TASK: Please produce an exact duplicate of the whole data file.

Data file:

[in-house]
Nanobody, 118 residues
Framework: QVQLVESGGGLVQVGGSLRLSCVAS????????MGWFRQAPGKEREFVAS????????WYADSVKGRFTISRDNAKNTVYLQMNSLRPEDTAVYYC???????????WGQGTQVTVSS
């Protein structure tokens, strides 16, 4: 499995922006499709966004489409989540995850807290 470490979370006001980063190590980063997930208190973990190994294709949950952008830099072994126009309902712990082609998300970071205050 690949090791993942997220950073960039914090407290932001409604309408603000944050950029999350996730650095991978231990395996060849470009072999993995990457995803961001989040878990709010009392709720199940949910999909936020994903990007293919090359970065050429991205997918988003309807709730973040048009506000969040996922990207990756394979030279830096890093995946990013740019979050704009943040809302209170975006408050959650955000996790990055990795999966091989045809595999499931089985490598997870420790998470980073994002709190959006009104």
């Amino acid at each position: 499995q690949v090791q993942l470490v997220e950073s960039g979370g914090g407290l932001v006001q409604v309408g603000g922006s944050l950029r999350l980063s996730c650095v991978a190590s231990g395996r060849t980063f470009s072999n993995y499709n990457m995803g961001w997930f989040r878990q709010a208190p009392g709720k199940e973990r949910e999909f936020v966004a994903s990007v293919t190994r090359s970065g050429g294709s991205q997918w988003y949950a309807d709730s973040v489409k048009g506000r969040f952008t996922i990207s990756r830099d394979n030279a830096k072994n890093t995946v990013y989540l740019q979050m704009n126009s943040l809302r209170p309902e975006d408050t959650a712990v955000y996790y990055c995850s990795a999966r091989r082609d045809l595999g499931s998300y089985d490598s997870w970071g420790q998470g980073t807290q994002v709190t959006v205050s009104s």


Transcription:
[in-house]
Nanobody, 118 residues
Framework: QVQLVESGGGLVQVGGSLRLSCVAS????????MGWFRQAPGKEREFVAS????????WYADSVKGRFTISRDNAKNTVYLQMNSLRPEDTAVYYC???????????WGQGTQVTVSS
């Protein structure tokens, strides 16, 4: 499995922006499709966004489409989540995850807290 470490979370006001980063190590980063997930208190973990190994294709949950952008830099072994126009309902712990082609998300970071205050 690949090791993942997220950073960039914090407290932001409604309408603000944050950029999350996730650095991978231990395996060849470009072999993995990457995803961001989040878990709010009392709720199940949910999909936020994903990007293919090359970065050429991205997918988003309807709730973040048009506000969040996922990207990756394979030279830096890093995946990013740019979050704009943040809302209170975006408050959650955000996790990055990795999966091989045809595999499931089985490598997870420790998470980073994002709190959006009104």
């Amino acid at each position: 499995q690949v090791q993942l470490v997220e950073s960039g979370g914090g407290l932001v006001q409604v309408g603000g922006s944050l950029r999350l980063s996730c650095v991978a190590s231990g395996r060849t980063f470009s072999n993995y499709n990457m995803g961001w997930f989040r878990q709010a208190p009392g709720k199940e973990r949910e999909f936020v966004a994903s990007v293919t190994r090359s970065g050429g294709s991205q997918w988003y949950a309807d709730s973040v489409k048009g506000r969040f952008t996922i990207s990756r830099d394979n030279a830096k072994n890093t995946v990013y989540l740019q979050m704009n126009s943040l809302r209170p309902e975006d408050t959650a712990v955000y996790y990055c995850s990795a999966r091989r082609d045809l595999g499931s998300y089985d490598s997870w970071g420790q998470g980073t807290q994002v709190t959006v205050s009104s």